Friday, March 5, 2010

Hungarian Kuglóf

 kuglóf, kougelhopf, Gugelhupf,  bábovka, babka...

There are many names for this  airy and buttery yeast cake that's swirled with either a chocolate or cinnamon filling, but let's just say that no matter what language you speak, you can call this pastry a little piece of heaven.

Usually known as babka (like in the Seinfeld episode) in the U.S., kuglóf originated in Central and Eastern Europe, and, depending on your baking heritage, can take many slightly different forms. The variety found in America-- often made with a streusel topping--can be very rich, and usually has either a chocolate or a cinnamon (raisin) filling. While I prefer the former by far, my family is divided on the issue. And what a polemical issue it is, given the great social significance of babka:

JERRY: That's the last babka. They got the last babka.
ELAINE: I know. They're going in first with the last babka.
JERRY: That was our babka.
ELAINE: You can't beat a babka.
JERRY: We should have had that babka.
ELAINE: They're going to be heroes.
JERRY: What are we going to do now. If we can't get the babka the whole thing's useless.
ELAINE: Well how about a carrot cake?
JERRY: Carrot cake? Now why is that a cake? You don't make carrots into a cake. I'm sorry.
ELAINE: Black Forest?
JERRY: Black Forest? Too scary. You're in the Forest, oohh. That was our babka. We had that babka!
ELAINE: What's this one?
CLERK: That's cinnamon babka.
JERRY: Another babka?
CLERK: There's chocolate and there's cinnamon.
JERRY: Well, we've got to get the cinnamon.
ELAINE: No, but they got the chocolate. We'll be going in with a lesser babka.
JERRY: I beg your pardon? Cinnamon takes a back seat to no babka. People love cinnamon. It should be on tables at restaurants along with salt and pepper. Anytime anyone says, "Oh This is so good. What's in it?" The answer invariably comes back, Cinnamon. Cinnamon. Again and again. Lesser babka - I think not.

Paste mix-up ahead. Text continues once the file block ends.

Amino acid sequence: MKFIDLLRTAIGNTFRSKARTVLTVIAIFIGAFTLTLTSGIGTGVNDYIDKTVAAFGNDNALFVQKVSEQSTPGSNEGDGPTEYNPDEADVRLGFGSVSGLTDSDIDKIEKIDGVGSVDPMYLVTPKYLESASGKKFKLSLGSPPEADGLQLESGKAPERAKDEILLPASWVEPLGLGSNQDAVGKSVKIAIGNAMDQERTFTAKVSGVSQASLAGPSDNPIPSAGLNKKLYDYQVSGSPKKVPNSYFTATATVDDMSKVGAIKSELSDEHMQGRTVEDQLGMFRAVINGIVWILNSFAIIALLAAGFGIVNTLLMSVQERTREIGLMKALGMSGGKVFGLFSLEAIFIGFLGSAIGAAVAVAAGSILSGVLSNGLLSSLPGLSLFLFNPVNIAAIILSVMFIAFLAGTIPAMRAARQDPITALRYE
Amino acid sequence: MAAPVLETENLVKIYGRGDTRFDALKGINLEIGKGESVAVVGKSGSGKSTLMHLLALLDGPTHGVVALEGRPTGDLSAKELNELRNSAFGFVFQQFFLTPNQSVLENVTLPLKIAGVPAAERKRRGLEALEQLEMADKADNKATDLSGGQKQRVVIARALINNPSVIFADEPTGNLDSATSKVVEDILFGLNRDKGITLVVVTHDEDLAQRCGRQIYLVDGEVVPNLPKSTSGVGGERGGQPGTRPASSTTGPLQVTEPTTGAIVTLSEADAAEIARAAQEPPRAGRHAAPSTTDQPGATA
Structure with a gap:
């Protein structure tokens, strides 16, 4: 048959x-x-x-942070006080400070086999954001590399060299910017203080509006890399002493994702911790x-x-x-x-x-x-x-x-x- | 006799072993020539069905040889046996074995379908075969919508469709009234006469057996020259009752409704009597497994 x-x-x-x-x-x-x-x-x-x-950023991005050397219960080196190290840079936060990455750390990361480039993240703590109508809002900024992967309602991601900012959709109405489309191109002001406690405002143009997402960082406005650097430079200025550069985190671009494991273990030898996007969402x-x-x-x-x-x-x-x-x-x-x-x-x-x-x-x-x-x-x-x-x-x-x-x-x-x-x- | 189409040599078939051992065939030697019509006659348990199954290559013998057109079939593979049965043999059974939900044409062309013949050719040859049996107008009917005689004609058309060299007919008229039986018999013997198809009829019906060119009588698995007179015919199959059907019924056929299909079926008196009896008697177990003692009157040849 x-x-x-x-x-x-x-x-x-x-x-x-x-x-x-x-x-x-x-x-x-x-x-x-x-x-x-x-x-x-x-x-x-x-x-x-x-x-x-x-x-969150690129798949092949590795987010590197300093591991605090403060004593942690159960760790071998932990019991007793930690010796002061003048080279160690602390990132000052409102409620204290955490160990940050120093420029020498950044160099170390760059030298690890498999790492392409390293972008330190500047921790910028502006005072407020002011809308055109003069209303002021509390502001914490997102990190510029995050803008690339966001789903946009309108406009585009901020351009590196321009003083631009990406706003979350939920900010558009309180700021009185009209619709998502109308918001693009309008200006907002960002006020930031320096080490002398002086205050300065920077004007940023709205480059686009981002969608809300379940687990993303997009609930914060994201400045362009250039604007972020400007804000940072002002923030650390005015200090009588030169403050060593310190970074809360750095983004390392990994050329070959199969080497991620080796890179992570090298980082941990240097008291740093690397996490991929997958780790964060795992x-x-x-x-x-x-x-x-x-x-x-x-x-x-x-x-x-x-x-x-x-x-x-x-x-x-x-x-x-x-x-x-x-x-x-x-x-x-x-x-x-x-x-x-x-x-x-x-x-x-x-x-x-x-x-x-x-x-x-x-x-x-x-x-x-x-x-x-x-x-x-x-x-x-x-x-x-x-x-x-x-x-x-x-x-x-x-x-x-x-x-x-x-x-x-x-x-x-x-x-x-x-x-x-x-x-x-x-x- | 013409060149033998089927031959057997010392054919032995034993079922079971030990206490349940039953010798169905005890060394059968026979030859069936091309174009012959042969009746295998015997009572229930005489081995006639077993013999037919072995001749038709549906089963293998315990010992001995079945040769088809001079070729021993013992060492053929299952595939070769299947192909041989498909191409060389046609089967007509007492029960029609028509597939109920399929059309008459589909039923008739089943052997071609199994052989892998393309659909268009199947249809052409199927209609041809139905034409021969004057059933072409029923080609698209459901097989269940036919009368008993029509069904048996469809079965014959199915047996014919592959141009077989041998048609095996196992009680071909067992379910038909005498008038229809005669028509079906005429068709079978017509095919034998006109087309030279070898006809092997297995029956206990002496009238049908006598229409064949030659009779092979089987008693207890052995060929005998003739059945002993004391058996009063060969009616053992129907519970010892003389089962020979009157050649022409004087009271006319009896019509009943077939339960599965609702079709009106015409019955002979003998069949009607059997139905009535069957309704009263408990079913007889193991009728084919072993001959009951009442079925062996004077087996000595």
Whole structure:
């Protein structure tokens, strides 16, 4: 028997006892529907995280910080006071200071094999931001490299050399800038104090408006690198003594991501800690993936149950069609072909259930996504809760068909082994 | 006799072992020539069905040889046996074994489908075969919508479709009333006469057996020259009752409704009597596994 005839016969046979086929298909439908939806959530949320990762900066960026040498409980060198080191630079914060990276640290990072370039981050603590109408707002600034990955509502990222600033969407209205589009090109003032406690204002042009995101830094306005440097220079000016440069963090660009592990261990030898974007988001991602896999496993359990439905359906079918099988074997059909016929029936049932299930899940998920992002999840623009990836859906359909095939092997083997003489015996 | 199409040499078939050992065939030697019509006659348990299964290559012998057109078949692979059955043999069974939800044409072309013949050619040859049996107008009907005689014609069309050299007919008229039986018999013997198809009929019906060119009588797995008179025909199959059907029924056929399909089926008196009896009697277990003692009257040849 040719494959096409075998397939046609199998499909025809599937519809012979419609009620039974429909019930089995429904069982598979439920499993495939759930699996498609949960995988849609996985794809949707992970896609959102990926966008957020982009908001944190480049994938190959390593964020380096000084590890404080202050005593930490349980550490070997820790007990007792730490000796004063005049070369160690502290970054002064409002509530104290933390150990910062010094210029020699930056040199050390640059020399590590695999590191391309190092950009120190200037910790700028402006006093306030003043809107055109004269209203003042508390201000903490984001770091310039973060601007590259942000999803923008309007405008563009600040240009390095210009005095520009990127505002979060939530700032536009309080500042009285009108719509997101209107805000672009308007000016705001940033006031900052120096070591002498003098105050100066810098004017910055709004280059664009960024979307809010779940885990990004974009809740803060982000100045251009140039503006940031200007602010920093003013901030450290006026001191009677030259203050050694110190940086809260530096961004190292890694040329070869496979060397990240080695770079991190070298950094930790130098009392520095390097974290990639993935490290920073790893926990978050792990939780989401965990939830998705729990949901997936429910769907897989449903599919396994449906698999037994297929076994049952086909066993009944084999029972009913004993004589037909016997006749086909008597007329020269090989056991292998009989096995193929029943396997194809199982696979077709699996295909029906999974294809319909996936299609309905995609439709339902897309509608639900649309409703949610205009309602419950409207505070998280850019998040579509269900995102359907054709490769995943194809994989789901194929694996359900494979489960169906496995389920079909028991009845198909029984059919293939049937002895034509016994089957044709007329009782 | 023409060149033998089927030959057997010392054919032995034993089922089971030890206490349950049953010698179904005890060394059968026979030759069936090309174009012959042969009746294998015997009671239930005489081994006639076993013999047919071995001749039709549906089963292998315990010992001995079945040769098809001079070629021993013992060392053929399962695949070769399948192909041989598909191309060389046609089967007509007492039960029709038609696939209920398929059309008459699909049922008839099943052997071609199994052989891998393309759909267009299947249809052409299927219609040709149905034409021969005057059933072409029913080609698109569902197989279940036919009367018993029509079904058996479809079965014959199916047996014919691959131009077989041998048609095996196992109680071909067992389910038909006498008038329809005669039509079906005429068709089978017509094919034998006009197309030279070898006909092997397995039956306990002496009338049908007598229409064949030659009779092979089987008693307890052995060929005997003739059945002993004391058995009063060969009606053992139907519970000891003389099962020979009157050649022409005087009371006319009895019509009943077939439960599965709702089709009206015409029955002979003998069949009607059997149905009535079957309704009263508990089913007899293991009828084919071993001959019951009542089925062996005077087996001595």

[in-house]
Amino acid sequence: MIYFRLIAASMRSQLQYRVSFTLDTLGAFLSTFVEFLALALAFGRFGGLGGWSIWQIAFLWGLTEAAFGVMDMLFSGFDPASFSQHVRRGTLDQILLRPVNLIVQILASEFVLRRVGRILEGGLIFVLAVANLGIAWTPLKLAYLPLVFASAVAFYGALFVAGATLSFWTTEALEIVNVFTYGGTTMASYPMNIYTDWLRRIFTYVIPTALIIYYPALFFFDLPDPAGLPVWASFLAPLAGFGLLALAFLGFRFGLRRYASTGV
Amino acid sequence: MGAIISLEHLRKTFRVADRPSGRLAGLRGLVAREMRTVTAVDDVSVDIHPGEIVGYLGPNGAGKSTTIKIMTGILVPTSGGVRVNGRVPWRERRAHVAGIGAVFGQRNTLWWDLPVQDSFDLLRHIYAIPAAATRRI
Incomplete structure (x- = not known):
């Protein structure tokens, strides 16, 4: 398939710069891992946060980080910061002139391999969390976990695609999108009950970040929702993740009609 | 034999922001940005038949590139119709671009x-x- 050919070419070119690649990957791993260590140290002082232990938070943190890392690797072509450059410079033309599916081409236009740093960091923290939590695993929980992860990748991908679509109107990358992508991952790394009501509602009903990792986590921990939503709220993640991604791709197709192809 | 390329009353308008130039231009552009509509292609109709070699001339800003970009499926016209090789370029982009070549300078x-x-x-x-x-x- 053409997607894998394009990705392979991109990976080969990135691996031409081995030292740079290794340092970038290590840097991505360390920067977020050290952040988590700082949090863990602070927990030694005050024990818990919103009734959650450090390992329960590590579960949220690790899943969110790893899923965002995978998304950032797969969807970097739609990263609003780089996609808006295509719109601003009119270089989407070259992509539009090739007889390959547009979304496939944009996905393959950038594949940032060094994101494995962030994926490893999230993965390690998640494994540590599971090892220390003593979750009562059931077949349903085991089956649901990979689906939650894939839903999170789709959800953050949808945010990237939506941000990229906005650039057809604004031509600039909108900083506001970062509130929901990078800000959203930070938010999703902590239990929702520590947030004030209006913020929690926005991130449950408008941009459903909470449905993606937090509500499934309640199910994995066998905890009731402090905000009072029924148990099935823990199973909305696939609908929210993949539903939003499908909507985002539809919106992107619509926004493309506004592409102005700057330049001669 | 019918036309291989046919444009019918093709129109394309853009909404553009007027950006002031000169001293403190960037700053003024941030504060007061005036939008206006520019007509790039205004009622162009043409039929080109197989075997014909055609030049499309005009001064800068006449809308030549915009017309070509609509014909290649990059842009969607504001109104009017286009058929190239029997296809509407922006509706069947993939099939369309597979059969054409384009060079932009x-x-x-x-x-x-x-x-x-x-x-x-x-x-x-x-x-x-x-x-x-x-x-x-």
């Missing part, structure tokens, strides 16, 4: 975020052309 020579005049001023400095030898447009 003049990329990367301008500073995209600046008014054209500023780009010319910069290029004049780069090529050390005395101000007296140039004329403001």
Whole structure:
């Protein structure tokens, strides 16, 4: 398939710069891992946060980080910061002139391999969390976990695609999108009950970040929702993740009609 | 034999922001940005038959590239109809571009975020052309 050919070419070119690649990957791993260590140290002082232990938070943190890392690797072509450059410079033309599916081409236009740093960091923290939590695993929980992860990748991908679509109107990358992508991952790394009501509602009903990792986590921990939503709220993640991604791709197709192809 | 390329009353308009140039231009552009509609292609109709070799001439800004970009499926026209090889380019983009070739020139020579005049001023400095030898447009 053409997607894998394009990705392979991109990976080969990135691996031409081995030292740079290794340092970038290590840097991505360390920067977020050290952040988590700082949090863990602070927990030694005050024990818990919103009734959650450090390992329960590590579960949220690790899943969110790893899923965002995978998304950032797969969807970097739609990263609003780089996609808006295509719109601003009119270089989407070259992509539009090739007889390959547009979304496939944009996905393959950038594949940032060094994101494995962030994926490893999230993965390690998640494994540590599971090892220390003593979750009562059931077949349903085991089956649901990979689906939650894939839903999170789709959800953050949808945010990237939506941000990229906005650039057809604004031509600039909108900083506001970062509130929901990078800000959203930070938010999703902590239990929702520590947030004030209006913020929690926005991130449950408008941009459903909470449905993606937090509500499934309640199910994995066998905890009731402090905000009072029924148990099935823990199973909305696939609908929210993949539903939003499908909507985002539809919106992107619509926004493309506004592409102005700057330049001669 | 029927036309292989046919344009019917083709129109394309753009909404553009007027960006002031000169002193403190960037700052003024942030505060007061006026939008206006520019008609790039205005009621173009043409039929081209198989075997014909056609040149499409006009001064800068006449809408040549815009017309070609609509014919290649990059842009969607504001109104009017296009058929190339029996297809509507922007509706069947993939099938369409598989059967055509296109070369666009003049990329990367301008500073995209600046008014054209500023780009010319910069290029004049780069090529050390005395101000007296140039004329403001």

(Thanks, Seinfeld Scripts)

While kuglóf might not cause such controversy in other places of the world,  it is by no means a trivial matter. When I was in Alsace last November with some friends (oh là là), we were lucky enough to be celebrating someone's birthday and smart enough to tell the couple we were renting the cottage from about it. The next night they treated us to an authentic Alsatian kougelhopf as a birthday gift for my friend. Oh mon dieu.
This kougelhopf had a very light texture and was almond flavored-- It's a bit hard to see,
but there are almonds that go around the top of the cake. Très délicieux.

When it comes to the Hungarian tradition, which is what runs in my family--on both sides, believe it or not-- I turn to my mom, who tells me stories of the giant kuglóf my grandmother used to make--every weekend. A few years ago, after my first attempt at recreating the legend  was met with a bit of confusion and frustration and hours of waiting, I concluded that my grandma's superhero powers must have included the strongest of kneading arms and the patience of a saint. Now, having gone through this recipe (and a few others) several times (Hungarians love their kuglóf) I hope to one day possess a tiny fraction of my grandmother's superpowers. My mom says I'm getting closer each time.